A little while back a friend asked if going to see Vinyl & Wine would be of interest, they were playing Astral Weeks in its entirety. I refused point blank on two counts. One ‘Vinyl & Wine’ is a terrible name for a band, and two, what business have they got tampering with such a great record.
In the intervening time I’ve become a far more enlightened gentleman.
Far from an ambitious covers band, Vinyl & Wine is an album listening party held by Mark Whelan and co. and each month the lads choose a record they think people would like to hear played on vinyl in an intimate setting, currently The Liquor Rooms, through their mind-blowing Cloney sound system.
It’s a throwback to how we used to listen to music – just sit, listen, have a glass of wine and take it all in. An environment in which to truly appreciate the album format. So often these days, even for genuine fans, music is something that has been pushed into being a secondary activity. In the car, at the gym, while you’re cooking. It may always be there but we ourselves have slipped into being less present while listening.
I couldn’t have picked a better night for my first taste of Vinyl & Wine as they had pulled off a couple of major coups. Firstly, they had secured the rights for the first public airing of David Bowie’s mythical lost album The Gouster, secondly they had snared Ireland’s musical Gandalf Tom Dunne for their expert panel. Bowie aficionados Stephen White and John Brereton were also on hand to give some excellent insight into how The Gouster was first abandoned and eventually rescued with the help of legendary Bowie collaborator Tony Visconti.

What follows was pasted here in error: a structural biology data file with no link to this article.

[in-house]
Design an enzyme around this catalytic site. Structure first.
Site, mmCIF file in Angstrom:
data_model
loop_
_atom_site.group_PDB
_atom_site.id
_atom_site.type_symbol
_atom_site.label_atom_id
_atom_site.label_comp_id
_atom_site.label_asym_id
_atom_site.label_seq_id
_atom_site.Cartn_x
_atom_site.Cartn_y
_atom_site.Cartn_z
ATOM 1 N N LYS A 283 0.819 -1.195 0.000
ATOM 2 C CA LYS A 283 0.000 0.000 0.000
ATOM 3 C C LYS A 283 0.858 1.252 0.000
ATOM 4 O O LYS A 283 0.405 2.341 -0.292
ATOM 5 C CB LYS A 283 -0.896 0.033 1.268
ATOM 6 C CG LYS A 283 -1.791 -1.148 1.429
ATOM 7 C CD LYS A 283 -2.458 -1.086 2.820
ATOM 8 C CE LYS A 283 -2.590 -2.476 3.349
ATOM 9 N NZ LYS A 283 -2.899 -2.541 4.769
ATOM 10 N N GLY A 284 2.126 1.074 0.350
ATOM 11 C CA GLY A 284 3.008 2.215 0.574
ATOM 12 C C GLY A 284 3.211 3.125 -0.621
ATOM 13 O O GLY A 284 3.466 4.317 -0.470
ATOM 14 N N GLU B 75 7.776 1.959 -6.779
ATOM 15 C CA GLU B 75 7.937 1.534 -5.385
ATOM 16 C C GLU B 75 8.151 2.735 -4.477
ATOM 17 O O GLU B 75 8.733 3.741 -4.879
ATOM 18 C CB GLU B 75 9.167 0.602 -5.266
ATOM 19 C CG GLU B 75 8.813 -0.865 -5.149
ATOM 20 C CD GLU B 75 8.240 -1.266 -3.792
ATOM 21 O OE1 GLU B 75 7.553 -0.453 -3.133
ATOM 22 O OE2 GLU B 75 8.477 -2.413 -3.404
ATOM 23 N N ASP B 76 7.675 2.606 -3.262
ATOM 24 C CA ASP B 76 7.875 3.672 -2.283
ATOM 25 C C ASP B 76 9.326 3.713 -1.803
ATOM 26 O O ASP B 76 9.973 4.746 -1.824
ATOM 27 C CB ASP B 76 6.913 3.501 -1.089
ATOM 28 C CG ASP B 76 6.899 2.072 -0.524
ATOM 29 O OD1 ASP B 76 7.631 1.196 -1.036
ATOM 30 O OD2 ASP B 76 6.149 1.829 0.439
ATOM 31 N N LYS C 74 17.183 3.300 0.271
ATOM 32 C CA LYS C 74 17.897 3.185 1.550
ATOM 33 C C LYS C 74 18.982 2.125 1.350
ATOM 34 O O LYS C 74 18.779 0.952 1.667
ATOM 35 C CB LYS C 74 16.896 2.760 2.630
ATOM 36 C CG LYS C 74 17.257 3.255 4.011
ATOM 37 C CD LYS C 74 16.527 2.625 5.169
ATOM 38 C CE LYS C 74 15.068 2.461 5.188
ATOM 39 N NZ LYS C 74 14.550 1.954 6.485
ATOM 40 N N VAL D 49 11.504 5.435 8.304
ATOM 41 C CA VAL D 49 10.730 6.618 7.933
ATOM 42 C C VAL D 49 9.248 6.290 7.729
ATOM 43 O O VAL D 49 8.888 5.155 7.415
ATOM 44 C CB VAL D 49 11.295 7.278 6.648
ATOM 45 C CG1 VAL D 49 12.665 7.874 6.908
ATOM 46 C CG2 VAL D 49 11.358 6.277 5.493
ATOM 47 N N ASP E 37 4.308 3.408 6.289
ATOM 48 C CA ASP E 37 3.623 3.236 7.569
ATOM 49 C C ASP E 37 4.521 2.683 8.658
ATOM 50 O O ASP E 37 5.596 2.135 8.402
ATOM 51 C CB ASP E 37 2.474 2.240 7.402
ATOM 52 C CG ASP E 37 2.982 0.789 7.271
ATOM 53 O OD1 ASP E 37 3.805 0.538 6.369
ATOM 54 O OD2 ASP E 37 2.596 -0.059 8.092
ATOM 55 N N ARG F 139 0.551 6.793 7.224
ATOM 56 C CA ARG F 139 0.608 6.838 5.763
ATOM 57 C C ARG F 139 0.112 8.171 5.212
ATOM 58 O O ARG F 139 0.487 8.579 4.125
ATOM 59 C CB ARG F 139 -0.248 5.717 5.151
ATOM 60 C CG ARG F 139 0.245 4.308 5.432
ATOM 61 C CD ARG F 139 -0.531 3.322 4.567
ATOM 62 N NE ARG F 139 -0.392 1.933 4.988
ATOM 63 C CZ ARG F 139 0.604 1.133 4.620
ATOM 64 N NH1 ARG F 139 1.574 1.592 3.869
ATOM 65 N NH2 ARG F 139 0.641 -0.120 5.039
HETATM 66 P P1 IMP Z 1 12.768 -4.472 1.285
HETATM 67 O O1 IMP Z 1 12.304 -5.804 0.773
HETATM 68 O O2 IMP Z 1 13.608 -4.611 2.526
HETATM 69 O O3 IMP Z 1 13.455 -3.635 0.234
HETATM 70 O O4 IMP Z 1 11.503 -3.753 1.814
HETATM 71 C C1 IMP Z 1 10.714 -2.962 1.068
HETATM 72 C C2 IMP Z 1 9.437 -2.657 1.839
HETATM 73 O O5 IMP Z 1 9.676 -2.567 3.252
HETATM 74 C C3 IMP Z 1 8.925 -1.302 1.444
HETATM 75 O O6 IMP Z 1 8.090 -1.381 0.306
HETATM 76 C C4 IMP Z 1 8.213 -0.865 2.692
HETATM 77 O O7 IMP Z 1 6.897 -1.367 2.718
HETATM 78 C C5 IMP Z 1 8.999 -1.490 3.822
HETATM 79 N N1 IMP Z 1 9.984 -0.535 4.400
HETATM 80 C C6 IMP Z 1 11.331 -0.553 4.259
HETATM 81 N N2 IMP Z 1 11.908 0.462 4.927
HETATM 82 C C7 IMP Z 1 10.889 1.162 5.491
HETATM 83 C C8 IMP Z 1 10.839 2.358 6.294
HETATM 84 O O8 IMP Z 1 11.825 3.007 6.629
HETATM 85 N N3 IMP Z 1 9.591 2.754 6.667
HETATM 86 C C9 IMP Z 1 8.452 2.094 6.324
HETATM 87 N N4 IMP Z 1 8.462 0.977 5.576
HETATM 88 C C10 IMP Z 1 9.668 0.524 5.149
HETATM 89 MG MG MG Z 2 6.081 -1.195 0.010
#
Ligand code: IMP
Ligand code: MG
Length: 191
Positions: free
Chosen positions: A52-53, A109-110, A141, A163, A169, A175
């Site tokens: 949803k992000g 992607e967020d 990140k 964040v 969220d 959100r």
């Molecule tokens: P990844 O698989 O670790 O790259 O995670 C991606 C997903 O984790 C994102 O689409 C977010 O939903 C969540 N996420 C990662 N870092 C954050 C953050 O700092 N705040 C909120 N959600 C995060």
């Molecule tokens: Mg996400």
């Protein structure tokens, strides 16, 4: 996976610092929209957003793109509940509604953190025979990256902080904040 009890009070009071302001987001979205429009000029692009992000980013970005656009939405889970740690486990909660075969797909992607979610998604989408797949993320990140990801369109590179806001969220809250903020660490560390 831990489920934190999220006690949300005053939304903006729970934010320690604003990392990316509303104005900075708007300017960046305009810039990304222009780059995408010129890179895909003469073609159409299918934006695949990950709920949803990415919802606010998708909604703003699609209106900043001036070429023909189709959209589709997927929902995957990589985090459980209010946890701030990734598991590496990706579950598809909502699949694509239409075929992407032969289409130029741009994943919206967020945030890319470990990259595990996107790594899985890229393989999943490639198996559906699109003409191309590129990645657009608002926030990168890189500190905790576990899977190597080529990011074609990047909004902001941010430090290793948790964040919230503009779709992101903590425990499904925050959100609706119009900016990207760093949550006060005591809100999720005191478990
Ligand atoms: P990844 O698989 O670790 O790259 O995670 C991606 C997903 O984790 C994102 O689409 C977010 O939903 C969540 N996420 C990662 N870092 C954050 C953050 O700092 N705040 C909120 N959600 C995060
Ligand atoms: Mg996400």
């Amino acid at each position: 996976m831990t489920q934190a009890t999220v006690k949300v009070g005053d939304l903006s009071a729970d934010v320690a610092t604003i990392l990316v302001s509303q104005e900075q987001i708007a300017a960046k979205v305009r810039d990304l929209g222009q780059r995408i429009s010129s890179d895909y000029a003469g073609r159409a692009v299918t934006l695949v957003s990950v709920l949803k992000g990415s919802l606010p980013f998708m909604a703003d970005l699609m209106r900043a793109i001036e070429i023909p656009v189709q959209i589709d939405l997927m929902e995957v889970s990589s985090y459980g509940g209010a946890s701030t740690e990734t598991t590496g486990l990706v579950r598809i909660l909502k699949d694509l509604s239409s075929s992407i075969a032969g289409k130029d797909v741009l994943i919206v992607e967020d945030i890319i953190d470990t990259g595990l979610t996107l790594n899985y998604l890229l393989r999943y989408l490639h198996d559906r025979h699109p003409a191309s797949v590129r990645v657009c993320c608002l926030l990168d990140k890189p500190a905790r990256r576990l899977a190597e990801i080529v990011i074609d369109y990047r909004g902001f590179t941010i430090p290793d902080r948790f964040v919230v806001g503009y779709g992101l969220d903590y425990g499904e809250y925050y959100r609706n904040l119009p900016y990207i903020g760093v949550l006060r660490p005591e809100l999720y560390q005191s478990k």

As the needle hits the groove and the full fat Philadelphia soul of ‘John, I’m Only Dancing (Again)’ comes raging out of the Cloney system filling the room it’s so funkily infectious the democratically pre-arranged agreement to stay seated seems unwise. This album is Bowie’s first real attempt at becoming a soul singer, he challenges himself to do so on each track. After the full-on, busy funk of the opener, the arrangements on side A become a lot sparser leaving Bowie’s voice to fill in the spaces. Here he first shows that ability to shift around in tone and delivery he maintained throughout his career.
The Gouster is a good record period, but for those who ‘worship at the throne of David’ as Morrissey once said, it’s a great record. Vinyl & Wine itself on the other hand is a great experience – one that is all too unique these days. If you’re a hard-line album advocate who believes a great record deserves undivided attention from start to finish, Vinyl & Wine is right up your street. If not, expect a potent karate chop shall our paths ever cross.